Meppel is a small town so there aren’t many books written about it. Waanders press has a nice series called the … book that has lots of great photos and other images that I can recommend. They are pocket-sized booklets but very nicely done: full color and a hardback. I see they have a Drenthe boek. The book itself costs € 14.95 but international shipping is € 23.90 so the total would be € 38.85 (depending on where you live).

  2. My dad’s family comes from Drenthe (the towns of Deiver and Dwingeloo). My dad’s grandpa, with all his siblings and their widowed father, emigrated in the late 1800s and, after a brief stay in Iowa, came to Lynden, Washington (USA), where many of us still live. My dad’s grandpa is in the county records buying a farm here in 1903.

  3. Maryke Ladeur Dick says

    My mother was from Drenthe and her maiden surname was drente

    • How appropriate!

      • Samuel Drenth says

        I live in Northern Michigan. My last name is Drenth and I have a huge family. Everyone around here knows at least one Drenth and I am constantly asked, “Oh! are you related to so and so?”
        My Grandfather came from the Netherlands (do not know where from) and my grandmother came from the Netherlands (also do not know exactly where) when they were toddlers. They met and married in Michigan. Her maiden name was Plookstra (sp?) my grandfather is Drenth, obviously.
        Does Drenth come from the province of Drenthe? Do you think it might just be a name they took to Americanize when the immigrated?
        Just curious. Thanks!

        • “Drenth” is a common name in the northern Netherlands. It probably means “someone from Drenthe.” It does not mean that your immigrant ancestor came from Drenthe, their ancestors could have been calling themselves “Drenth” for many generations prior to emigrating.

  4. Ed Van Alstine says

    Apparently my ancestors came from Meppel, Drenthe in the Netherlands. Earliest ancestor is Martin Janse Van Alstyne (or Van Alstine), birth Abt. 1591. The son of Martin which I am descended from was Janse Martense Van Alstyne. Birth Abt. 1623 of Meppel. Death 1698 in Kinderhook, Columbia, New York. Janse’s wife was Dirckje Harmense Boartgens, Abt. 1625. Through genealogies I am able to trace my ancestory back to Martin Janse Van Alstyne, birth Abt. 1591.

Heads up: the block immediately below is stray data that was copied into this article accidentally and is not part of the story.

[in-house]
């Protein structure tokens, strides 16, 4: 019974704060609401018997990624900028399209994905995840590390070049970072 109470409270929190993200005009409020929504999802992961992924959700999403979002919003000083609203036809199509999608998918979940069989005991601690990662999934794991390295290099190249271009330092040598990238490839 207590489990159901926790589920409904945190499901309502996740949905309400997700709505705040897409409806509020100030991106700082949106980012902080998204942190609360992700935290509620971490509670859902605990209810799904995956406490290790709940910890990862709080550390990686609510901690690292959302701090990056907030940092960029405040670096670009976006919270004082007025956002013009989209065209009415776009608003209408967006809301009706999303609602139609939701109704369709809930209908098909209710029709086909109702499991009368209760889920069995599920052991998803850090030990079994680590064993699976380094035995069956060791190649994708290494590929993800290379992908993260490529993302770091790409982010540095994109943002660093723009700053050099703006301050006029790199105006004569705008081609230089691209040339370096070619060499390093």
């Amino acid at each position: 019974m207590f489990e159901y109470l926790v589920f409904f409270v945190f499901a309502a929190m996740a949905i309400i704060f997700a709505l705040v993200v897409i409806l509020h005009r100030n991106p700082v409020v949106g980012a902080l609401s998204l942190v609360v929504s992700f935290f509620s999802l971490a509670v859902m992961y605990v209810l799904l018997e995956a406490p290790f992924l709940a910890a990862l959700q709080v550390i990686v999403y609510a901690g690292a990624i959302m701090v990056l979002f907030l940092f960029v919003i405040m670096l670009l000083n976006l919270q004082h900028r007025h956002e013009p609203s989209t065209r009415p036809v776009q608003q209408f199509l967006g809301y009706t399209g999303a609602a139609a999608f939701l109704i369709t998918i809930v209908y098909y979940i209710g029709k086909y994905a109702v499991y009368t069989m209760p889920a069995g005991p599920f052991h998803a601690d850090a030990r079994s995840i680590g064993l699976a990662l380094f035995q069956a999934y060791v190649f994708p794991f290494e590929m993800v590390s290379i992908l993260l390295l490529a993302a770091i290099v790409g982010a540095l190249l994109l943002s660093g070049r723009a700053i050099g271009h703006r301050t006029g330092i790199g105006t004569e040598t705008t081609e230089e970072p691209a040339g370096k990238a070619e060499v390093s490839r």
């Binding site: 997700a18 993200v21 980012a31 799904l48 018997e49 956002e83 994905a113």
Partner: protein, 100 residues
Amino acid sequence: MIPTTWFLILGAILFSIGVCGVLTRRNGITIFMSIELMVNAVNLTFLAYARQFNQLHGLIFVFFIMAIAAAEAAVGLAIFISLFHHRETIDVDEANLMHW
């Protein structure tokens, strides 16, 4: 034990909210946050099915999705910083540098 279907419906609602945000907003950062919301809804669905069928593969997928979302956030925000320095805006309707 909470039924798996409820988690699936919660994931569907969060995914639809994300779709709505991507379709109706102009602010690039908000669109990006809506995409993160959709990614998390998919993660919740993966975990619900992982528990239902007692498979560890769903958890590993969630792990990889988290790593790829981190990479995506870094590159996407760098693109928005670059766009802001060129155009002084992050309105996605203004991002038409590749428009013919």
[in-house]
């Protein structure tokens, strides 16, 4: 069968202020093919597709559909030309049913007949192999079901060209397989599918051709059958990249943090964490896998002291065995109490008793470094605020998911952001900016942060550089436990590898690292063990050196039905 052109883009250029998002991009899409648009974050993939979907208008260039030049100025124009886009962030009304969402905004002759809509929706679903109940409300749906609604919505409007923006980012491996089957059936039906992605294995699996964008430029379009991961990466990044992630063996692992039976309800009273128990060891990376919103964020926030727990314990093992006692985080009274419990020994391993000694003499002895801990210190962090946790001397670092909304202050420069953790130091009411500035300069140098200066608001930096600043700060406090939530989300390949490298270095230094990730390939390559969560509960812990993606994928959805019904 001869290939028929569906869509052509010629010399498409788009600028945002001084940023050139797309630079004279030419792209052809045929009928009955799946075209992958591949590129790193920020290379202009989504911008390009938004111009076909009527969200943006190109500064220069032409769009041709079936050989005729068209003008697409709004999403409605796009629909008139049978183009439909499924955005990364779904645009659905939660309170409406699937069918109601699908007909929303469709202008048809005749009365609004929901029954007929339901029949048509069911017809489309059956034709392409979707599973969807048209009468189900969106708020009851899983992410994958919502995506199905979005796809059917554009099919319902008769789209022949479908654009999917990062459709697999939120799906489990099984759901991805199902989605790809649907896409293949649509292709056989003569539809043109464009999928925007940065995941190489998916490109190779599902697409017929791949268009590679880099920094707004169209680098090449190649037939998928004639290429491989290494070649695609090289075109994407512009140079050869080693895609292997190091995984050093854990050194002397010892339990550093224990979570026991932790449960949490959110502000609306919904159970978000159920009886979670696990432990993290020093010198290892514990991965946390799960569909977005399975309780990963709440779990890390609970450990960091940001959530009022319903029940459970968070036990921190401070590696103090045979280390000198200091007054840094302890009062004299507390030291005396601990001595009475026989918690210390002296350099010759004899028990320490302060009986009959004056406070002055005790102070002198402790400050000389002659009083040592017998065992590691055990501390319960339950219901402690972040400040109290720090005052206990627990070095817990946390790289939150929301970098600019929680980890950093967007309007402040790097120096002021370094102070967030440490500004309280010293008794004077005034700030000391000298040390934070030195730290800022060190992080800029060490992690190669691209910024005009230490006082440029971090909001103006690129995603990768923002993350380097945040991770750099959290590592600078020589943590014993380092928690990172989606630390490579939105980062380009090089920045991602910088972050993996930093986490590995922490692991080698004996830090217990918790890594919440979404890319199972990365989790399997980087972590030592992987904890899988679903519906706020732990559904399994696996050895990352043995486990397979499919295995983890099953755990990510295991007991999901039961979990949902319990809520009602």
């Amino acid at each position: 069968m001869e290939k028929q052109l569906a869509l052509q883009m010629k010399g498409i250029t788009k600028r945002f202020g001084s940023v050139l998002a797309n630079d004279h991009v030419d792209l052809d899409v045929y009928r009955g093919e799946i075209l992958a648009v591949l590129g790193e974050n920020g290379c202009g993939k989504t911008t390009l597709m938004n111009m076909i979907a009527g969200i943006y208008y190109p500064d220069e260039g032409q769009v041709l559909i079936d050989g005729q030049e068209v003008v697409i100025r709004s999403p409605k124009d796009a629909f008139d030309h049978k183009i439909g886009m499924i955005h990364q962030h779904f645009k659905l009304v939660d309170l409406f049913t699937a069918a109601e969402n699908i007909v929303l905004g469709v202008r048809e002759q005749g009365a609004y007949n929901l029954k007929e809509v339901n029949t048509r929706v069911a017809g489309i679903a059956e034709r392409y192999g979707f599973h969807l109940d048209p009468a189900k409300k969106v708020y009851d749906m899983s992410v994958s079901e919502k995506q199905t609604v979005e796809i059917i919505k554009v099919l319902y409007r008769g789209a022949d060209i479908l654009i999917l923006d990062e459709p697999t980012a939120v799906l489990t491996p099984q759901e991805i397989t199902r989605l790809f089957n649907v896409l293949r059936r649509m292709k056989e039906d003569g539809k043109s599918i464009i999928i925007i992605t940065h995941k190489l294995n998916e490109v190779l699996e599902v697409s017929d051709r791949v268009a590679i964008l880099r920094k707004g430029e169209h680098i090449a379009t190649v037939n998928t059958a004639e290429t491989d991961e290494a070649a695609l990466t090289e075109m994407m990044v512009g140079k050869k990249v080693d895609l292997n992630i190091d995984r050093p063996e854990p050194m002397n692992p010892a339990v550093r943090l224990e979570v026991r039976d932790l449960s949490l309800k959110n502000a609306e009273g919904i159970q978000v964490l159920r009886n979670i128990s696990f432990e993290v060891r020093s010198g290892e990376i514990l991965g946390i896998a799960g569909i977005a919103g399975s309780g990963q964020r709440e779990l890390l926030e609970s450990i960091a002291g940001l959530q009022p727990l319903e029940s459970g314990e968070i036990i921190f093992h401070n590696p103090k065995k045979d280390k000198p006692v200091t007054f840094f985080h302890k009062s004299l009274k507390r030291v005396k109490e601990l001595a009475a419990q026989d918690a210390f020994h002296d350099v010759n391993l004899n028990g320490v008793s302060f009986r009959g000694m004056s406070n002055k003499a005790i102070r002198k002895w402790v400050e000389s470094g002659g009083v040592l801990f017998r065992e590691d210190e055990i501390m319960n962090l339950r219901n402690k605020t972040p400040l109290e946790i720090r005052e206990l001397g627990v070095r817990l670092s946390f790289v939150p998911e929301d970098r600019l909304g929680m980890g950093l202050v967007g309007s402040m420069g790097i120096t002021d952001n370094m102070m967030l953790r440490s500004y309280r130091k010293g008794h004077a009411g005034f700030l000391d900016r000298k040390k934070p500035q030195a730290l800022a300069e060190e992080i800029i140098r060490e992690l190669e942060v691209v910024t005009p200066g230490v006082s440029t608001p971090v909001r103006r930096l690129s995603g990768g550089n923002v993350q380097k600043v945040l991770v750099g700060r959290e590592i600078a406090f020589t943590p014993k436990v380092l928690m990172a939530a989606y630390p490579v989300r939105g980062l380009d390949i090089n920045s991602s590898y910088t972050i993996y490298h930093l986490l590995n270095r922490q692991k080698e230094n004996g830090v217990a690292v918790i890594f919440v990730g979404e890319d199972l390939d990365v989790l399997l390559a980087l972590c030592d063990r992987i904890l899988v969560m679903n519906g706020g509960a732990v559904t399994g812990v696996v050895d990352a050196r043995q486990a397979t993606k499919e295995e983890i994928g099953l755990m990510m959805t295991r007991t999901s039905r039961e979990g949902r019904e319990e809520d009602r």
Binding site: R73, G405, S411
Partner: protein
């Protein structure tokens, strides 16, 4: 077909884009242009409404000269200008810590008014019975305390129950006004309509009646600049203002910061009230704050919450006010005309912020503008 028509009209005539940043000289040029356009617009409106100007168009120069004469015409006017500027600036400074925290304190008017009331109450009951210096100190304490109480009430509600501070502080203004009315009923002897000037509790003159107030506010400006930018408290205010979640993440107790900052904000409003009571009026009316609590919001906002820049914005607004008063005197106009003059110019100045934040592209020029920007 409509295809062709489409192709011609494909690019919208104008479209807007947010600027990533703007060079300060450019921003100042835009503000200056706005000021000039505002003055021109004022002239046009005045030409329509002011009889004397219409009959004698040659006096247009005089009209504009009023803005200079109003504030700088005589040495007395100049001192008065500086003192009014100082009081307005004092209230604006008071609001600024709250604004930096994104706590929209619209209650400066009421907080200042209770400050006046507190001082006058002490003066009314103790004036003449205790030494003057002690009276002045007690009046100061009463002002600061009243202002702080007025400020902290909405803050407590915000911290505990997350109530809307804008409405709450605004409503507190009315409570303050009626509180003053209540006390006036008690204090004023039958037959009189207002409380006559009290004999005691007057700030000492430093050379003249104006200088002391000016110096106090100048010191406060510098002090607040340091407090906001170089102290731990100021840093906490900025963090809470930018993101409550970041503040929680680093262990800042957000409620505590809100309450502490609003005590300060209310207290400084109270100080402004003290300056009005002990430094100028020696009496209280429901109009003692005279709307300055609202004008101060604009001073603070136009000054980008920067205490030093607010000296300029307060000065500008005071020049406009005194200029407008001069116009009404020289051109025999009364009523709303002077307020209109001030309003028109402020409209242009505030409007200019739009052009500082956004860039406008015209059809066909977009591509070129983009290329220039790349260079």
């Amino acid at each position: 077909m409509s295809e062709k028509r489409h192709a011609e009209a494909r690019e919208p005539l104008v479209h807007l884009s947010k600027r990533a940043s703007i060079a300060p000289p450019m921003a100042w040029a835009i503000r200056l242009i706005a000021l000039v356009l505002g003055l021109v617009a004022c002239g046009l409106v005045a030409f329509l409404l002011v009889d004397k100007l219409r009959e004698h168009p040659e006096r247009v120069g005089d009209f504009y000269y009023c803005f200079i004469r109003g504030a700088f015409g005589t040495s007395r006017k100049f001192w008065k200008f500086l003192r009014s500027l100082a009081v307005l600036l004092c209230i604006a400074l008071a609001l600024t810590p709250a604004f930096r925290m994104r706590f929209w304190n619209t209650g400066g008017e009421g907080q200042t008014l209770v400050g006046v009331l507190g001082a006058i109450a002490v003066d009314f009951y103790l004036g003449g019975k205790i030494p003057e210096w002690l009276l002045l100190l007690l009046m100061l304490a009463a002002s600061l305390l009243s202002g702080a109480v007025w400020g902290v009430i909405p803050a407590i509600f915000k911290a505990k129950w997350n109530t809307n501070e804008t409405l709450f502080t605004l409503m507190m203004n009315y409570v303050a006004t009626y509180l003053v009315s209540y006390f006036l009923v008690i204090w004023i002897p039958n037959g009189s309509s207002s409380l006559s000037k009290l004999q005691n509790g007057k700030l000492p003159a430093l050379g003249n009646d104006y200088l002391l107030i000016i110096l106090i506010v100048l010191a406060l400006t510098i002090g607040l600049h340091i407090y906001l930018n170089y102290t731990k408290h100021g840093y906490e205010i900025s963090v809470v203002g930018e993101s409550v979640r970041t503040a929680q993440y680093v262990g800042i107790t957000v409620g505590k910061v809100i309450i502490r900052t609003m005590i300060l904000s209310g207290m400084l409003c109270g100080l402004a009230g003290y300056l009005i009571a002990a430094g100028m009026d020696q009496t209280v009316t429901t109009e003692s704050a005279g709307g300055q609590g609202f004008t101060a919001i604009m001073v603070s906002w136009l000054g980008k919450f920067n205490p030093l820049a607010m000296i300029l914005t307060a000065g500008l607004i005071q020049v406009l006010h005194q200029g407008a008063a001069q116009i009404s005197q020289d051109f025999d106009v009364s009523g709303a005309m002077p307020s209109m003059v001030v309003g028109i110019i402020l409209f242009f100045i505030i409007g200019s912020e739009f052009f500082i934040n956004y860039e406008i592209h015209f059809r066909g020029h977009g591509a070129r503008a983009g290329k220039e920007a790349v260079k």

Question: Is there some way I locate relatives in the Netherlands?.

    • Dear Ed,
      Locating living relatives is difficult in the Netherlands for several reasons. You could spend a lot of time tracing descendants of your immigrant ancestor’s parents, only to find that you will get stuck in the 1900s because privacy laws prevent access to information about living people. Your best chance is looking through published family trees of Dutch genealogists, in the hopes of finding someone who has your ancestor in their tree, and contacting them. The biggest source of online trees in the Netherlands is http://www.genealogieonline.nl.

  5. Maddie Drenthe says

    My last name is Drenthe! I however have met no one other than my dad and aunt (now married so she doesn’t carry the last name). I’ve always wanted to meet another Drenthe or a name close. From Illinois (ISA)!!!

  6. Paul Janssen says

    My last name is Janssen. I have quite a bit of family history on my father’s side, where his Grandfather left from the Island of Juist in Ostfriesland Germany. My Grandfather and Grandmother spoke some German. We have always been told they were of German decent. As I do more research I see Janssen as being Dutch. Certainly the Nerherlands and northern Germany are neighbors, so easy to see some connections happening there. I’d like to do my family research. Would you suggest looking more at Drenthe?